Different tactics but Cadet still makes it
He is the last horse to go in but will he be the first to come back?
The Singapore Turf Club's new racecaller Nicholas Child asked this as the odds-on favourite CADET walked up to enter his starting stall in Race 3 at Kranji last night.
Well, win the Patrick Shaw-trained up-and-coming galloper did in the Class 4 Div 2 event over the Polytrack 1,000m, but not in the way most expected him to, proving he was not one dimensional.
Raced by the Thai-owned Kajorn Petch Racing No. 3 Stable, Cadet led all the way in his last start over the same trip and surfaced by over two lengths.
But, last night, his legion of supporters must have been given some anxious moments when jockey Nooresh Juglall held him back fourth and rode him with a bit of patience which, luckily, also paid dividends.
Orchard Road led, hounded by Lim's Sincere and the grey Halo Bright. Cadet was two lengths behind, giving Juglall a good workout on his biceps.
At the halfway stage, Cadet was still fourth and wide, but you could see that his rider still had a lapful of horse underneath him. His mount was like a bomb ready to explode.
Orchard Road led narrowly into the straight from Lim's Sincere and Halo Bright. Juglall then decided to release the brakes and Cadet moved up like a good horse.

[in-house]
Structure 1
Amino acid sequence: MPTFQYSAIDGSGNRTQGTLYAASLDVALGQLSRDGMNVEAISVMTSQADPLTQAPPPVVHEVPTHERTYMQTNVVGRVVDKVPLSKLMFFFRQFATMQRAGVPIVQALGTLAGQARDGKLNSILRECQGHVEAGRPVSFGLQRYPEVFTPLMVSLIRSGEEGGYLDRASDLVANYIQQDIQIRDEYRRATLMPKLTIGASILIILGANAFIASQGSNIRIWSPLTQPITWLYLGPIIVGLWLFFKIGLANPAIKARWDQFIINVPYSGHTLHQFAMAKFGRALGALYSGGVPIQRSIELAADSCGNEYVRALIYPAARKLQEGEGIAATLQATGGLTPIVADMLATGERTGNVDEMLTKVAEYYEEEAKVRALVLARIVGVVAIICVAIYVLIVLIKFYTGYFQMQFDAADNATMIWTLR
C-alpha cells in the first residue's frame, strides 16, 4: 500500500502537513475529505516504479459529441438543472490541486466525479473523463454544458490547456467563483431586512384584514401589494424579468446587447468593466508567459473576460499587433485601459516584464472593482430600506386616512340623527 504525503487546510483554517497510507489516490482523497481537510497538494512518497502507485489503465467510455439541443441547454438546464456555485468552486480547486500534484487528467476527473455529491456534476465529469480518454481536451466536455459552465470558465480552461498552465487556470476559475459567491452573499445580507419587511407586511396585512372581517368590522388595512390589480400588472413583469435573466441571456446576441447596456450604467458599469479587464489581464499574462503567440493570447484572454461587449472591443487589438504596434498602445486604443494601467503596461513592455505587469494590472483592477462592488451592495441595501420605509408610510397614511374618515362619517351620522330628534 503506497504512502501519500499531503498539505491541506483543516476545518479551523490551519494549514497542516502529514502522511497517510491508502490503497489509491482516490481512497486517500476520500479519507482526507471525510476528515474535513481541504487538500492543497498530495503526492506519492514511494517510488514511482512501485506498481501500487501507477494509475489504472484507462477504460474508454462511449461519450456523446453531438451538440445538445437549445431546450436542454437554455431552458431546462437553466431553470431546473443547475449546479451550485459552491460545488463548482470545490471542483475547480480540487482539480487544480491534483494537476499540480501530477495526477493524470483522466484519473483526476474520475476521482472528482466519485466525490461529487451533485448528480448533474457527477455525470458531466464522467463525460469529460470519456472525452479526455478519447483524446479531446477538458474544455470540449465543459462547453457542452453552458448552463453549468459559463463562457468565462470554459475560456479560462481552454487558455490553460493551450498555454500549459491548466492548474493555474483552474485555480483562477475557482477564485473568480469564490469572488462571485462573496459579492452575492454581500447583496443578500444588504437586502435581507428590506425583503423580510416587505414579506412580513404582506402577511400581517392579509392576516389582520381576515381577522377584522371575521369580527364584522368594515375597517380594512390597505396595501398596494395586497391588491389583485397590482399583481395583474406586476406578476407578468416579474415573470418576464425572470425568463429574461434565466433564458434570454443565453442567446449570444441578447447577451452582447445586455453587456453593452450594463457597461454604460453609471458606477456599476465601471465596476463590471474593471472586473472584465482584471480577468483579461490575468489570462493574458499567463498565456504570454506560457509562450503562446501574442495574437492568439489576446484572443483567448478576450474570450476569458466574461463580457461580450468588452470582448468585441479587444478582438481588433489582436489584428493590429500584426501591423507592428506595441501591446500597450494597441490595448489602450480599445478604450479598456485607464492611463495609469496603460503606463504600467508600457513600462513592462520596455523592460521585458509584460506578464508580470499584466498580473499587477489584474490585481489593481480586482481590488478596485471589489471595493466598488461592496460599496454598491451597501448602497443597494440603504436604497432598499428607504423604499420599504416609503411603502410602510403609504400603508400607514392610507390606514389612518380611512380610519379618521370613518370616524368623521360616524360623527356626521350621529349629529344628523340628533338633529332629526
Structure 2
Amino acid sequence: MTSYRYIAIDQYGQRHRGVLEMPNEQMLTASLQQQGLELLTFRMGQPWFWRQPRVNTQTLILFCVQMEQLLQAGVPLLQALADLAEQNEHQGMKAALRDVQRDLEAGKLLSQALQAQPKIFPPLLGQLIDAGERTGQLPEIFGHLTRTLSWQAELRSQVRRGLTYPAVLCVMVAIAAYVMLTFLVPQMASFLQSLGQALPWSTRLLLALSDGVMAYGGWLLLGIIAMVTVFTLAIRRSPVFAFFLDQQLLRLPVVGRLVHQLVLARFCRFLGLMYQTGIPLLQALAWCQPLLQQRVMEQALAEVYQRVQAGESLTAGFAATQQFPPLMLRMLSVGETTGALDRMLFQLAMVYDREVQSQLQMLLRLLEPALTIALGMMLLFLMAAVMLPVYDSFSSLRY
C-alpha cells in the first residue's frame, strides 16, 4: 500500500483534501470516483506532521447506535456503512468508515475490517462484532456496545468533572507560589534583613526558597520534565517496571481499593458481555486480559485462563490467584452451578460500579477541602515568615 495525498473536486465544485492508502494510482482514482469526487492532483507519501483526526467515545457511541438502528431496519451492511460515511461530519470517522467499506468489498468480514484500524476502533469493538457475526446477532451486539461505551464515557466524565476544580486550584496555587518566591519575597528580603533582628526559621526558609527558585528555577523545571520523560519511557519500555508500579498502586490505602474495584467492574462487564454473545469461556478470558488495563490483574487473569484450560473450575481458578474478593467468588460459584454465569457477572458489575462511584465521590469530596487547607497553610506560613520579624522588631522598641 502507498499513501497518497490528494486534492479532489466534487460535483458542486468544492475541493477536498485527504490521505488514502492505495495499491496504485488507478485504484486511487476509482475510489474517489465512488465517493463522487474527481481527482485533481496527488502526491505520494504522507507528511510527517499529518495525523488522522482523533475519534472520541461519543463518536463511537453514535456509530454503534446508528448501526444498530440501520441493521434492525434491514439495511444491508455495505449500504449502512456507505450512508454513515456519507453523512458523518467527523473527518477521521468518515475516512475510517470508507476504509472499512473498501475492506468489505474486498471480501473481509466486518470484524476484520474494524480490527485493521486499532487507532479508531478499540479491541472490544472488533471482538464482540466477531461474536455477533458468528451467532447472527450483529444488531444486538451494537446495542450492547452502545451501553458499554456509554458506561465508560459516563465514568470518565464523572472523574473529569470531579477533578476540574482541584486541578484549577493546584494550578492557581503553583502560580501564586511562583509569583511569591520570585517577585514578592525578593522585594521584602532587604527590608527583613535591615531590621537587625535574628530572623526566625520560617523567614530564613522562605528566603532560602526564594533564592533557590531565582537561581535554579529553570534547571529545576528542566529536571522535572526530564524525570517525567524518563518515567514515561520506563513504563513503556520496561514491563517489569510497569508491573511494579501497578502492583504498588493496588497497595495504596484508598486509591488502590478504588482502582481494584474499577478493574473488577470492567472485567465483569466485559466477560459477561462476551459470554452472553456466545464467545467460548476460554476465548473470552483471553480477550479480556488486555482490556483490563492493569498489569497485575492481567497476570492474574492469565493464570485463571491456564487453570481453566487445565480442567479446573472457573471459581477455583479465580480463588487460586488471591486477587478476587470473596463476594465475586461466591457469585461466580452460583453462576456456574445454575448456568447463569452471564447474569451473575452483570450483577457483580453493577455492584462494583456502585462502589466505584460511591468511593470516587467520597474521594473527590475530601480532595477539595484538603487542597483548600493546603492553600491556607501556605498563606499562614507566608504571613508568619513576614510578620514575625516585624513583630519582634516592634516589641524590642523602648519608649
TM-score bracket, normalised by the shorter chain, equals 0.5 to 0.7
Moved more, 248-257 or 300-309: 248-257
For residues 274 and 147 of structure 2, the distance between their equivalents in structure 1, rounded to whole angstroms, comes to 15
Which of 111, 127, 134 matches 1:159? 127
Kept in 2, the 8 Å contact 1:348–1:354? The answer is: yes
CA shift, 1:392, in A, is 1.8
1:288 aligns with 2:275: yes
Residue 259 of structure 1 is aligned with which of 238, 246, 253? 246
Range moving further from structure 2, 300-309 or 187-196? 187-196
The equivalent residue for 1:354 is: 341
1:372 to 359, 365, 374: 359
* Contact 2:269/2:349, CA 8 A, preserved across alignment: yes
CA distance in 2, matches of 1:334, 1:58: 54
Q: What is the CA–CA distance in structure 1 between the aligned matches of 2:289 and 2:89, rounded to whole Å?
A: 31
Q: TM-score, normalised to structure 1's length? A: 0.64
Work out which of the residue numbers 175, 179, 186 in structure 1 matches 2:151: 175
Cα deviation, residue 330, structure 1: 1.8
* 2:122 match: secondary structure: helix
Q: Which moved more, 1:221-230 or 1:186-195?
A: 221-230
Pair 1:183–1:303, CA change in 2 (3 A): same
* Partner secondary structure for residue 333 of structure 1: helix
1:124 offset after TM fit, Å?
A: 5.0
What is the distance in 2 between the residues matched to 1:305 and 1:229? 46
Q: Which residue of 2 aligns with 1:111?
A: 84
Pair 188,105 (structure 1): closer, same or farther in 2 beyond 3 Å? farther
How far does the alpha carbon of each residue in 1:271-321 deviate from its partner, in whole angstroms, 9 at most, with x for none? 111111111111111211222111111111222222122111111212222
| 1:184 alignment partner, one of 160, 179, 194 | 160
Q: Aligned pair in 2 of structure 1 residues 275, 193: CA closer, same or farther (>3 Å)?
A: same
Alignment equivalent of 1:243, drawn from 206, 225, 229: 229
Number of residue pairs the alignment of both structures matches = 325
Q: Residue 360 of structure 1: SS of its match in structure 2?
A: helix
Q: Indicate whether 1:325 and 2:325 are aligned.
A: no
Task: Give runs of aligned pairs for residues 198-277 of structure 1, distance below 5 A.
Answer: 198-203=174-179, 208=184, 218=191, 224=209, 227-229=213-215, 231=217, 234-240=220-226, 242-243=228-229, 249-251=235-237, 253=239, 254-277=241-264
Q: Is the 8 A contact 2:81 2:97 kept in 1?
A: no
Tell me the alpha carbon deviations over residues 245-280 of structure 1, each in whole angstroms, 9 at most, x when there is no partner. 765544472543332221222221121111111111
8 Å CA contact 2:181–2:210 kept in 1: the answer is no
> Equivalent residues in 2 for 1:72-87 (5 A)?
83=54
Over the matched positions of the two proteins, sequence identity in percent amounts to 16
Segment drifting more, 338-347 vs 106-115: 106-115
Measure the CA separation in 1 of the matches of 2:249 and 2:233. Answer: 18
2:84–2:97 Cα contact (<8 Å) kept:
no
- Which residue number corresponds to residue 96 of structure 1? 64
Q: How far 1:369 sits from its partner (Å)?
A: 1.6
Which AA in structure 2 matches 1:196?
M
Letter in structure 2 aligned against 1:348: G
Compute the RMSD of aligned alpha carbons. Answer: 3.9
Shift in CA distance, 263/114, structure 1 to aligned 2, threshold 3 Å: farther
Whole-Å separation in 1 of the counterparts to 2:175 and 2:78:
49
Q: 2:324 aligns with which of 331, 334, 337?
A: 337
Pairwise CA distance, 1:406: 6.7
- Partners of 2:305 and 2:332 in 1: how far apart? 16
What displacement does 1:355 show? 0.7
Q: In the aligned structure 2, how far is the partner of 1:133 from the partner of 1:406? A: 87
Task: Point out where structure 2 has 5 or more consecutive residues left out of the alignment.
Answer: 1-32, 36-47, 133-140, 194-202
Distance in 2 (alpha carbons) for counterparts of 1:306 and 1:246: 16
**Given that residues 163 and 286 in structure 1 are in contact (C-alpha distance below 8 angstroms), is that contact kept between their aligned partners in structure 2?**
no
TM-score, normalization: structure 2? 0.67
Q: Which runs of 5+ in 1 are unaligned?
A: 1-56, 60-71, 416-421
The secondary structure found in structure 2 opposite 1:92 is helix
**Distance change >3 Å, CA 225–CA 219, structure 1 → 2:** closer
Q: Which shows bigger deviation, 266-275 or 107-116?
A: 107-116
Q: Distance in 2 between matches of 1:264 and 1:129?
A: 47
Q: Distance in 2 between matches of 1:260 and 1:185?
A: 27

NARROWED THE GAP
Lim's Sincere popped his head in front at the 350m mark but was in turn headed by Halo Bright. Cadet narrowed the gap with a few bounces and hit the front 200m out.
However, the three-year-old Australian-bred did not career away to win by a big space. Like what the club's other racecaller Matthew Jones said, he had a mini struggle with Halo Bright before sprinting to the winning post first by half a length.
Cadet again clocked below one minute for the Poly 1,000m, in 59.72sec. He clocked 59.09sec the run previous.
With his impressive last-start victory and improvement, as evidenced by his trial win and winning workouts, it was no surprise he opened up in single-digit odds from the first bell and stayed that way until start time.
He paid $7 for a win and, surprisingly, also $7 for a place.
It was his second straight win this campaign. Before his half-year spell, he showed up well in his trials but could only finish seventh in his debut and then a fourth. The break certainly did him a world of good.
Only three years old, Cadet is not the finished article, so his connections will have plenty of fun with him next season.